In a world where Donald Trump declares an audio recording of his statements “fake news” and insists to supporters that “what you are seeing and what you are reading is not what’s happening,” it’s easy to despair for the truth. “We have entered an age of post-truth politics,” lamented the New York Times.
Simon Blackburn, philosophy professor at Cambridge University, isn’t worried. Blackburn, who received acclaim for his 2005 book Truth and has recently written another book on the subject, On Truth, says the truth has always been twisted by politicians. “In the nineteenth century the politician Joseph Chamberlain said of Prime Minister Benjamin Disraeli that he never felt the truth except by accident,” he wrote in his latest book.
The fact that so many people are upset at Trump’s lies shows that we still value and recognize the truth. “At the moment, enough people are aghast, and precisely because they expect people to be truthful about what they’ve said,” says Blackburn. In other words, the distress over “post-truth” discourse is in itself an indication that truth lives on.
In certain circles, though, lying goes unpunished. “Our attachment to truth has become liberalized, less moralized,” Blackburn notes. “It’s not quite such a serious misdemeanor if someone is caught out lying as it used to be.” Supporters of the likes of Trump in the US and Boris Johnson in the UK don’t condemn their favored politicians when they lie. But while liars are more easily forgiven than before, we still recognize their falsehoods; such leaders haven’t distorted the very nature of truth.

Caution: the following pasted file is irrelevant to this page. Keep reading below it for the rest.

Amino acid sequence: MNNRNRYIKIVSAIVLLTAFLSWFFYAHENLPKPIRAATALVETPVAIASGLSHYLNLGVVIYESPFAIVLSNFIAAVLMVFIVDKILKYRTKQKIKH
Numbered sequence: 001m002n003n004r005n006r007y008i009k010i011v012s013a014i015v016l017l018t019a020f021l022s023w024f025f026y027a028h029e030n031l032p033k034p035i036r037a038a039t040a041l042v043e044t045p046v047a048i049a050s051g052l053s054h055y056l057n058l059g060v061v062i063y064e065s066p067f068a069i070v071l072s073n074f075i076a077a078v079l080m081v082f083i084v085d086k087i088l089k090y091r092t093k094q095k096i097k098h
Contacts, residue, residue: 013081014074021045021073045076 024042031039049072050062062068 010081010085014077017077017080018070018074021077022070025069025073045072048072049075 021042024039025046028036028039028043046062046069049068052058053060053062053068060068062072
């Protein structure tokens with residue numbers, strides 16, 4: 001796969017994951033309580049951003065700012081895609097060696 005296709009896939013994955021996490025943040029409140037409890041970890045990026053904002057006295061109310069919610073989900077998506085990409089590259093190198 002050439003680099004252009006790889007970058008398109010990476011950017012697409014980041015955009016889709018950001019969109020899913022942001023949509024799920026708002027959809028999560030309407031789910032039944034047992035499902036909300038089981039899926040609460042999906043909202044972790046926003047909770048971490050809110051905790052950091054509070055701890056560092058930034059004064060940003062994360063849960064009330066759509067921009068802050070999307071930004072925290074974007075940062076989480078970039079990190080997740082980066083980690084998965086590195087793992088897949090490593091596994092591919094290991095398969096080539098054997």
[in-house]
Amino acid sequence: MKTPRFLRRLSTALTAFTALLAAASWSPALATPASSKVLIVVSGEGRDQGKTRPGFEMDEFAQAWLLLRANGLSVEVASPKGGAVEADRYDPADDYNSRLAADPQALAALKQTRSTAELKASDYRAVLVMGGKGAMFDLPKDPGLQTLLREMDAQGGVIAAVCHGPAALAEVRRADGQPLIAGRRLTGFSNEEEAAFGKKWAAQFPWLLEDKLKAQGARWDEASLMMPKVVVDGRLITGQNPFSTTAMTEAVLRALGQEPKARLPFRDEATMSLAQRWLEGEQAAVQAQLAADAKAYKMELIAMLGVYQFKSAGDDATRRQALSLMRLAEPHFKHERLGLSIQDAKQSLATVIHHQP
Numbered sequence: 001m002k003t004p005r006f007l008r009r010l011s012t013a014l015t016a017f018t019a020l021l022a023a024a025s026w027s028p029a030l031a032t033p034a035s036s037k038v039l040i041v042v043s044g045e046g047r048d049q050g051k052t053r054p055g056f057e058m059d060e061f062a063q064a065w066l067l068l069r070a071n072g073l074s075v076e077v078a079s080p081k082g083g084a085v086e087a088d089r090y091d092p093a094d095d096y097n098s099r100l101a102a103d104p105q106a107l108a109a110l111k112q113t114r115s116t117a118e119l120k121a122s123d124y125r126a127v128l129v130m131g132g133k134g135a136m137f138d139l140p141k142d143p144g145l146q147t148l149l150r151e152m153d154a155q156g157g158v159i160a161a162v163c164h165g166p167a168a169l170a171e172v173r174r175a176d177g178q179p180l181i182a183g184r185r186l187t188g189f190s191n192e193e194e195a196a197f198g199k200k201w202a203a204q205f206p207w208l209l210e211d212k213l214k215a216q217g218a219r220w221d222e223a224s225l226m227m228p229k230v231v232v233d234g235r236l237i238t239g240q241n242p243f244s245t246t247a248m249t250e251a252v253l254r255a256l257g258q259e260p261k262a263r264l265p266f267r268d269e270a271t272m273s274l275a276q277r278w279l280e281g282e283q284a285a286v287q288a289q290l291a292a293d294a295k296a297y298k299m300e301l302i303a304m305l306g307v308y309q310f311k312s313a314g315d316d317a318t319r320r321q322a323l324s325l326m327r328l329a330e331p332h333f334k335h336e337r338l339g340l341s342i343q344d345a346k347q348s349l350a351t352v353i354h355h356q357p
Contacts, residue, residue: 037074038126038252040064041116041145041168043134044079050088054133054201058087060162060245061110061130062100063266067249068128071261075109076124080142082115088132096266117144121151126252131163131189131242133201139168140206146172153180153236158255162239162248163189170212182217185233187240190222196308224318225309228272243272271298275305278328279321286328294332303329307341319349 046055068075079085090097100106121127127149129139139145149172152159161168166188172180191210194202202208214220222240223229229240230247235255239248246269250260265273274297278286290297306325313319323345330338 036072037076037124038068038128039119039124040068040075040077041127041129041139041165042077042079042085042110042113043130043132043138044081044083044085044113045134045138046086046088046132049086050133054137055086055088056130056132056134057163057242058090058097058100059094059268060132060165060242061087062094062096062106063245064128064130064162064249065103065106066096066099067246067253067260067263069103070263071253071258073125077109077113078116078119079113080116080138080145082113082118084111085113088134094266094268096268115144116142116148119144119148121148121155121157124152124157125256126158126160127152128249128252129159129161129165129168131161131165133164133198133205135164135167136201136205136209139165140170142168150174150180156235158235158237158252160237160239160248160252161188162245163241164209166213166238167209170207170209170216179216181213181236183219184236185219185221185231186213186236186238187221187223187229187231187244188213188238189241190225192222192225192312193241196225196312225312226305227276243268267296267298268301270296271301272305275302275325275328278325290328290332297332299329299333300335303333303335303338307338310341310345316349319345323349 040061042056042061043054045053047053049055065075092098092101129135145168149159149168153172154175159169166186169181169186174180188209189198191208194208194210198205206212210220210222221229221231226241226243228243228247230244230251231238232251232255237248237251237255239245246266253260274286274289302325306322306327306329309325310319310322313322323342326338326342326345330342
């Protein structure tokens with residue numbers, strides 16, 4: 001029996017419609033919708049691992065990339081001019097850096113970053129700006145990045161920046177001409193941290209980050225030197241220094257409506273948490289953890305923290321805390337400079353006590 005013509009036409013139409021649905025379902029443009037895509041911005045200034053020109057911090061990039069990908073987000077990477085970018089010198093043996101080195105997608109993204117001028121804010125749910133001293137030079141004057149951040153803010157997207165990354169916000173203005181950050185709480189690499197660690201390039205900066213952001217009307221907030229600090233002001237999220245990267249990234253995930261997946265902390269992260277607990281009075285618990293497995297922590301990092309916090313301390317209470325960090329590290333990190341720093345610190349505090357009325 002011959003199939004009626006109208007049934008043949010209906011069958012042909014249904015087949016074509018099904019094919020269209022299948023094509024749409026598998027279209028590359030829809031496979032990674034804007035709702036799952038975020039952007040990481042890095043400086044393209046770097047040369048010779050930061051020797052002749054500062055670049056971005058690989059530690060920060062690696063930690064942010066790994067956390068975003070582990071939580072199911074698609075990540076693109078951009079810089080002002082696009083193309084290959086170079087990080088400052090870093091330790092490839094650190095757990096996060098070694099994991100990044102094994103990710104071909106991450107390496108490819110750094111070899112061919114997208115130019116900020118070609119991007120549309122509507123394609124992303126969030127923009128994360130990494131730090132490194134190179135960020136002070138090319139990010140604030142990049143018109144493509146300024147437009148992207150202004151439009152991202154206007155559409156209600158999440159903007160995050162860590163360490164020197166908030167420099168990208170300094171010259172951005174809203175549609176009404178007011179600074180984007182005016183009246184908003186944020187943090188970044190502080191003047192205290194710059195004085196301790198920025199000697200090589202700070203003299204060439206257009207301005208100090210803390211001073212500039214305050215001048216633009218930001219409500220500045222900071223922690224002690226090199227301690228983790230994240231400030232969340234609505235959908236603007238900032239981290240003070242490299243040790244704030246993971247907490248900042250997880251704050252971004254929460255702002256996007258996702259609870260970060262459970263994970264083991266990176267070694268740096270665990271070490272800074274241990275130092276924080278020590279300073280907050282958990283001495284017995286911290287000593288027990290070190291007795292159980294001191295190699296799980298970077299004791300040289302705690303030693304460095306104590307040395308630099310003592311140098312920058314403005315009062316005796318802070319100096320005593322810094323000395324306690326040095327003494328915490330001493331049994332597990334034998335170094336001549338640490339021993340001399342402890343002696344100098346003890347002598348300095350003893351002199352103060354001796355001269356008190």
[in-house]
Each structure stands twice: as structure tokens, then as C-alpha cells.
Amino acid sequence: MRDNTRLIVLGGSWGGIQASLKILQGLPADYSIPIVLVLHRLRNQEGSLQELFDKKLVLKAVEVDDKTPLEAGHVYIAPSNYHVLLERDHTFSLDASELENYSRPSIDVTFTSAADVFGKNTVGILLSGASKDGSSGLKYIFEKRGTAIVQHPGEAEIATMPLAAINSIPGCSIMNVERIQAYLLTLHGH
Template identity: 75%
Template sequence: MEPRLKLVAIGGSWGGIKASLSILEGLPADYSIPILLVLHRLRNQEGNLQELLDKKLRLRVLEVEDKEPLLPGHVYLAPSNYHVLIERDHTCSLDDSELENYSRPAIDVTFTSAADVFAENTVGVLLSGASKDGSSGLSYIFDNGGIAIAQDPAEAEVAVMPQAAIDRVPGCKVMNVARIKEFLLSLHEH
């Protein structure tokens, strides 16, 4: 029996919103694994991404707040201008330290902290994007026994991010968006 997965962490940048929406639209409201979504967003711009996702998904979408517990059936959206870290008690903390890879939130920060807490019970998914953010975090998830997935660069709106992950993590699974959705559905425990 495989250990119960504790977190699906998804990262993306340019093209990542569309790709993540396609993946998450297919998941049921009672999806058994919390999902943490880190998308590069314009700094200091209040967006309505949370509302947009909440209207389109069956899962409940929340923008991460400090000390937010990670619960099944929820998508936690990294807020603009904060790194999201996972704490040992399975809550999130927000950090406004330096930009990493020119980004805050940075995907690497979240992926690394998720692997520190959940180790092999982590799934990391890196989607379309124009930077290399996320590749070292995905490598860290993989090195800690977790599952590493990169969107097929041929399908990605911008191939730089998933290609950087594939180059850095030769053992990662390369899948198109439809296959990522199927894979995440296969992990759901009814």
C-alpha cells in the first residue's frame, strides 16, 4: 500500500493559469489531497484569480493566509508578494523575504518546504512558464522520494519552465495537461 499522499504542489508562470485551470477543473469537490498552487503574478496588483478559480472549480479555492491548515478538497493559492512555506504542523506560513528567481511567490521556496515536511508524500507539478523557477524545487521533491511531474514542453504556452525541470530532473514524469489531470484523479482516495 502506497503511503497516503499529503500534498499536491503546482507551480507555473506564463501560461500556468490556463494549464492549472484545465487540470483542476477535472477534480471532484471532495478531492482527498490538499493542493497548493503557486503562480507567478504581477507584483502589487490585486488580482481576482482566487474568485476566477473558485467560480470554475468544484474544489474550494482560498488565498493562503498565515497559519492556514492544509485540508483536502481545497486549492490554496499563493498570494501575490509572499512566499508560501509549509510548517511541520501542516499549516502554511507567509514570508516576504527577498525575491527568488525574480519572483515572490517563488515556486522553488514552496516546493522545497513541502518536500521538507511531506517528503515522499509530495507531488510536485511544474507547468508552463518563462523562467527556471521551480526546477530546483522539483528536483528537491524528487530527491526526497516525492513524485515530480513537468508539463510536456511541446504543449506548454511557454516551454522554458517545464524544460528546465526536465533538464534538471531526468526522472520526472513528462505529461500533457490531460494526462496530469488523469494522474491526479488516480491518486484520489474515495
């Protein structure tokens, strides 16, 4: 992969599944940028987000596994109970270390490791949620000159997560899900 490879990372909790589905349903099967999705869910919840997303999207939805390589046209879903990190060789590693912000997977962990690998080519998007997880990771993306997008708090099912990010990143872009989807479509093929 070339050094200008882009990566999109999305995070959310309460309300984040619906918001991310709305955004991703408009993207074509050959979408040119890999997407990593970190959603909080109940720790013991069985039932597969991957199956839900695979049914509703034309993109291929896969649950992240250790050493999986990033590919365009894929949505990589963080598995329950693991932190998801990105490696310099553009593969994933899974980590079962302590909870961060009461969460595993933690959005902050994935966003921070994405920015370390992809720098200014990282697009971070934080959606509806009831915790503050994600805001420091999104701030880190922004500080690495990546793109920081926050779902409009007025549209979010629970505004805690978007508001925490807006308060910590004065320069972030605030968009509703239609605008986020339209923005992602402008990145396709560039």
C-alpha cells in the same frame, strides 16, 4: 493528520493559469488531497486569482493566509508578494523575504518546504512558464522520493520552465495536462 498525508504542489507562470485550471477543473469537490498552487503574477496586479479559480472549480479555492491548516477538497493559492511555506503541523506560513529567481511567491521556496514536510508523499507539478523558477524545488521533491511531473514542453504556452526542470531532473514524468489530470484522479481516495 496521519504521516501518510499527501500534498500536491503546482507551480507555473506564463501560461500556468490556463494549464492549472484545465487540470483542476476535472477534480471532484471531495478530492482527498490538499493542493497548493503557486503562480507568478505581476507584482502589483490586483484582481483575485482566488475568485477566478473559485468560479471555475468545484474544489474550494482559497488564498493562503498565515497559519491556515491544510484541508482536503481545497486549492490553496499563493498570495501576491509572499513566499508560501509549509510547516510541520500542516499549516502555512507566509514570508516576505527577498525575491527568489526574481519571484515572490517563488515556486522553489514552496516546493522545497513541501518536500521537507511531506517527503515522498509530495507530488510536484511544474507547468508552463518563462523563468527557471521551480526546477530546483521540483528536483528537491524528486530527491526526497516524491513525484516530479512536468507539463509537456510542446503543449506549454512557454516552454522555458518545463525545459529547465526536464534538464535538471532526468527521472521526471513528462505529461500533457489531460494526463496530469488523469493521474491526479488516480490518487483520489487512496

In Blackburn’s view, there’s no such thing as one definition of Truth, with a capital T. Instead, smaller truths hang together to create a coherent understanding of something. “In everyday life, we’re much more concerned with everyday truths: I know I have 10 toes, and so forth,” he says. “Many small truths build up my everyday sense of the world: who I am, what my history is, where I am.”
The fact that humans have 10 toes is a crucial example of Blackburn’s theory on truth, which is heavily influenced by pragmatist philosophers, such as 19th-century thinker Charles Sanders Peirce. Pragmatists believe that practical applications are the main indication of truth: If something works, then it’s true. Even those who are skeptical of the truth have a hard time denying that humans have 10 toes and two legs. After all, we act according to this fact every time we buy trousers with two legs.
But the focus on practical applications means that, when it comes to more complex issues, truth is not fixed. “In any interesting area, truth will always be provisional,” says Blackburn. “In an issue like Brexit, I suspect the truth will only be established if we wait and see,” he adds. In scientific inquiry, too, the truth shifts. In Pierce’s words, science “is not standing on the bedrock of fact. It is walking upon a bog, and can only say, this ground seems to hold for the present.”
This process of arriving at truth may be slow and fallible, but it slowly advances. More importantly, it’s the only means we have. When it comes to political disputes over facts, Blackburn says the only way to advance is by reasoning and seeking to persuade through nuanced dialog—a tall order in these increasingly polarized times. “The right method of fixing opinion is by inquiry, not by dogma or bluster,” he says. “You don’t get a truth in one big jump.”